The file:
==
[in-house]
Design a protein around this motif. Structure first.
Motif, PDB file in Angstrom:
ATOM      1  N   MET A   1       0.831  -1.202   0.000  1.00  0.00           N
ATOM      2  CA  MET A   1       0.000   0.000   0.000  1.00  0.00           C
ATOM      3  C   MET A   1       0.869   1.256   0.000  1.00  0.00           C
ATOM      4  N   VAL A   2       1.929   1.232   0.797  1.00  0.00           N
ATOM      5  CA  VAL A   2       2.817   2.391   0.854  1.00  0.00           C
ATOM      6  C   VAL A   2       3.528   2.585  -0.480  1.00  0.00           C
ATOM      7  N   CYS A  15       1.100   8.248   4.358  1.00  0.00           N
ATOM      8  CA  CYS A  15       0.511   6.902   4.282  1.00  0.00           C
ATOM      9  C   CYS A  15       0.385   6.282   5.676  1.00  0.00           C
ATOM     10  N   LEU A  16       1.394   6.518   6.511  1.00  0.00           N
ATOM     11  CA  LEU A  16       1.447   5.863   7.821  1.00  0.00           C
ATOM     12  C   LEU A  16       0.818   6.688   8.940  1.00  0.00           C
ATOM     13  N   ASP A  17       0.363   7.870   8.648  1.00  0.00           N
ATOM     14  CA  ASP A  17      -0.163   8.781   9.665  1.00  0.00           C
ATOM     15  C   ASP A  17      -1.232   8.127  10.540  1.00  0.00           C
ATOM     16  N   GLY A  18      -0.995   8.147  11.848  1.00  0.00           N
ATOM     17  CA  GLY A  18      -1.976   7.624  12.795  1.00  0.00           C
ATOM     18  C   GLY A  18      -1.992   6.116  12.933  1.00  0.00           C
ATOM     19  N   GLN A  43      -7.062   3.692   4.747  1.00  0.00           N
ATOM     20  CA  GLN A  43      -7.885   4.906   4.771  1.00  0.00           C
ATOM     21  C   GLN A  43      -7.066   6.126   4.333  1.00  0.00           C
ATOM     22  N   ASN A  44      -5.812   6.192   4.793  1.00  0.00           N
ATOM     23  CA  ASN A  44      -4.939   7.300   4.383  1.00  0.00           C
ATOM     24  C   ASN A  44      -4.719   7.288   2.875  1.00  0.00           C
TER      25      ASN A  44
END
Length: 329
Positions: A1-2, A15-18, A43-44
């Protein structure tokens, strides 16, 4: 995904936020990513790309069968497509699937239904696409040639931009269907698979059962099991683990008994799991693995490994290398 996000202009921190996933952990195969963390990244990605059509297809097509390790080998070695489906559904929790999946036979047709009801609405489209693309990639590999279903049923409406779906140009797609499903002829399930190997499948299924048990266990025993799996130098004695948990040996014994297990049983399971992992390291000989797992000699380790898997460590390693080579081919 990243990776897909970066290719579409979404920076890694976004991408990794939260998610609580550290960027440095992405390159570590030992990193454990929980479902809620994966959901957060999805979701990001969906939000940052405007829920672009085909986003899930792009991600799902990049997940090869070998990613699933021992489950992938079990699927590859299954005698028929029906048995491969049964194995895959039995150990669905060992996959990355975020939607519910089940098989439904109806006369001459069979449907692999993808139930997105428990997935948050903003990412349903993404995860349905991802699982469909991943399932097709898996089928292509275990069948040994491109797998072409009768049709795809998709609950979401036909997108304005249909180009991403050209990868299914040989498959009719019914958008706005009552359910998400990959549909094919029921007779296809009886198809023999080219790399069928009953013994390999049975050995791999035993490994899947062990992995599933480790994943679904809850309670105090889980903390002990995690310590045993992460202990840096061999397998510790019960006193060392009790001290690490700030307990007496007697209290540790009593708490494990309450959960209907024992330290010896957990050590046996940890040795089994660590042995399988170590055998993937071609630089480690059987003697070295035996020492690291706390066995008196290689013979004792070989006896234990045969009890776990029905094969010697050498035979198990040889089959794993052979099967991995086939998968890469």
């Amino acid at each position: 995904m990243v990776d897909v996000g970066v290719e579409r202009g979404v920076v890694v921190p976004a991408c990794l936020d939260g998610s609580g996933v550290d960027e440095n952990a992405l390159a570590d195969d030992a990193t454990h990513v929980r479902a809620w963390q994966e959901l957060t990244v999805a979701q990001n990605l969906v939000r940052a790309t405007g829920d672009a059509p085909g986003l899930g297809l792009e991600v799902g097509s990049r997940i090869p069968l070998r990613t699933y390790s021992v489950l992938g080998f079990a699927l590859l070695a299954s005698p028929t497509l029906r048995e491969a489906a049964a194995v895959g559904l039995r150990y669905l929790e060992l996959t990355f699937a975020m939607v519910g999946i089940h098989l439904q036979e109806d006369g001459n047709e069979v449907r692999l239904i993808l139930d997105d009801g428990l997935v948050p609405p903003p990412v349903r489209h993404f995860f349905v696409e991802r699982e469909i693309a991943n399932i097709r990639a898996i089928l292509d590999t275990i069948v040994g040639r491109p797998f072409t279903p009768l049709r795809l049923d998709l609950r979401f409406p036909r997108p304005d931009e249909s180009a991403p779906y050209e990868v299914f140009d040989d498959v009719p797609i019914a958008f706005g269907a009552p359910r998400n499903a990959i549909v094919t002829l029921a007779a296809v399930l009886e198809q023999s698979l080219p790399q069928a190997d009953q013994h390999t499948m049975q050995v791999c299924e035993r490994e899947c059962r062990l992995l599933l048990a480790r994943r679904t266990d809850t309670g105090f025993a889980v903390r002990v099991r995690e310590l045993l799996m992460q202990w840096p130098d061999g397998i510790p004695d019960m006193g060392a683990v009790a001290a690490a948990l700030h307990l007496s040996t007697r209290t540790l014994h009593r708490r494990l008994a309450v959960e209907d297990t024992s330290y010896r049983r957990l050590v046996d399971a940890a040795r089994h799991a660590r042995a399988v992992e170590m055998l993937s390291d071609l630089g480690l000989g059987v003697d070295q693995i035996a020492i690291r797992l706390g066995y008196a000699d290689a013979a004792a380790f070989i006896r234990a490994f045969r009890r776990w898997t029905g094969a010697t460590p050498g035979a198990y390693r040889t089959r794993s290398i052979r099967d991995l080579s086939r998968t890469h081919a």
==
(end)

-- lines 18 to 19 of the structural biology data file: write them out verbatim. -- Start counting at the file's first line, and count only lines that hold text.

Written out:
ATOM     15  C   ASP A  17      -1.232   8.127  10.540  1.00  0.00           C
ATOM     16  N   GLY A  18      -0.995   8.147  11.848  1.00  0.00           N